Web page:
March 29, 2001 -- Timothy McVeigh, the Oklahoma City bomber, "has no major mental illness," says Dr. John Smith, the psychiatrist who evaluated McVeigh for the defense during his trial for the 1995 bombing that killed 168 people.
"After I examined Tim, I knew that he was not deranged," says Smith for the first time. McVeigh has, however, suffered from depression, obsessive-compulsive traits, and at least one severe panic attack, according to Smith, who spoke to PrimeTime Thursday with the permission of his former patient.
"He really feels nothing," says Smith. "He feels, in my opinion, fully justified in his action."
McVeigh agreed to let the doctor talk, Smith says, because McVeigh wants "to promote a dialogue in this country on the role of the federal government in our lives." And, he says, "I think he wants people to know that this is not the behavior of some crazy guy."
Why He Did It
McVeigh was "fueled and motivated" to bomb the Alfred P. Murrah Federal Building, says Smith, because of "the rage that he experienced from the bottom of his heart when he heard that Waco, the Davidians, had gone up in flames. He told me that a rage enveloped him like he had never felt before."
Smith, who has not seen McVeigh in four years, adds: "It was hatred that motivated this killing. And revenge. The bottom line of this is: If there had been no Waco, there would have been no Oklahoma City."
The most chilling moment of his time with McVeigh, says Smith, was "the almost glee with which he told me the details of the bombing, the preparation for the bombing, the expectation that at least 400 people would be killed."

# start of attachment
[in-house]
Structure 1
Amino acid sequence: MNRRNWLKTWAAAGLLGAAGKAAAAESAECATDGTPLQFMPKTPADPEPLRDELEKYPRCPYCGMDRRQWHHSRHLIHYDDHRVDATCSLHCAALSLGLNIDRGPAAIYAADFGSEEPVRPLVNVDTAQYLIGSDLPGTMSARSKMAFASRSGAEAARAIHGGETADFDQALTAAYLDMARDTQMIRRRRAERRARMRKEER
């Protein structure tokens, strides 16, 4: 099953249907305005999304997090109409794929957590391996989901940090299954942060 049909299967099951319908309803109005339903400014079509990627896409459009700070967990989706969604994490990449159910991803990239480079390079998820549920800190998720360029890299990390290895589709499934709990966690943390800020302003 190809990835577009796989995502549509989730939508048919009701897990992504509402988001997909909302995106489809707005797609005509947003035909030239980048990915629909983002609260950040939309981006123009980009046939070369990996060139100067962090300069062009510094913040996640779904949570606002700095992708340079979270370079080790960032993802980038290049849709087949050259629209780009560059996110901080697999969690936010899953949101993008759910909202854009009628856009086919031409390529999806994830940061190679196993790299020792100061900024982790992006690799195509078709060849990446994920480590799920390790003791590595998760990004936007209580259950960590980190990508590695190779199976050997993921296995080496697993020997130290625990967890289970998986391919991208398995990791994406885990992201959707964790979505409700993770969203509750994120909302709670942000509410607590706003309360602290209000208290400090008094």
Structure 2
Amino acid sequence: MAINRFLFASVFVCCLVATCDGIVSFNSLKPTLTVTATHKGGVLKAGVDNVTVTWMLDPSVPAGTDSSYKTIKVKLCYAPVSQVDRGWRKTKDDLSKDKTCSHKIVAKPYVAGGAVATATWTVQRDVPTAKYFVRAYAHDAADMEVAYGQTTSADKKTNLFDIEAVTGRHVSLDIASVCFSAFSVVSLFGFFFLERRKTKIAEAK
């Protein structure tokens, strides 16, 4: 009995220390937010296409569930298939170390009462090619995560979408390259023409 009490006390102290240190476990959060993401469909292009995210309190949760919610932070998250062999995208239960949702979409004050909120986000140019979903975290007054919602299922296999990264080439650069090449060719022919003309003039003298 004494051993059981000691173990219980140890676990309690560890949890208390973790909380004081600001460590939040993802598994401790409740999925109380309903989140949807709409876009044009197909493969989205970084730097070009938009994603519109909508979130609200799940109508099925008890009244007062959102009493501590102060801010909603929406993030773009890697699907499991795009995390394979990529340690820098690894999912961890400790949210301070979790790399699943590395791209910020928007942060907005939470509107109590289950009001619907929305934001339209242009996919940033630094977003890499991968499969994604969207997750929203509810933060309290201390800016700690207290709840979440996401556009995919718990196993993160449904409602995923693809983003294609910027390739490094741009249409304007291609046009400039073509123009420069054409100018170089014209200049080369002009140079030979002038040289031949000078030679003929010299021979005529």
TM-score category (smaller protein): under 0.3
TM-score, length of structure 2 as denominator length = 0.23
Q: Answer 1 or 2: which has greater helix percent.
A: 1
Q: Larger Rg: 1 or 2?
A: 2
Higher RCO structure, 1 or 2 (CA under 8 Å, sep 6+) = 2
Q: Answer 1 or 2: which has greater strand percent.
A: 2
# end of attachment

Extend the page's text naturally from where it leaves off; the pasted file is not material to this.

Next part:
A Younger McVeigh As a young boy, McVeigh's parents, prior to their separation, fought often and fiercely, says Smith, and McVeigh was bullied at school.
"I think the bullying and the painfulness of the home led him to be hypersensitive and he developed this shell to protect that." He explains, "Tim's defense against some of this probably was his excessive interest in guns."
Eventually he retreated into a world of comic books and superheroes, finding comfort in fantasy.
"He entertained himself throughout his childhood by creating fantasy monsters of various kinds," says Smith. "He was the warrior hero who always fought these monsters." Ultimately, Smith says, McVeigh "had the skill and finally the motivation to turn that fantasy into reality — which he did."
Smith believes that McVeigh has no fear of his execution on May 16. "Tim's not afraid of that event, not now … Tim is a warrior who's ready … to die for his cause."
— Written for ABCNEWS.com by Rebecca Raphael.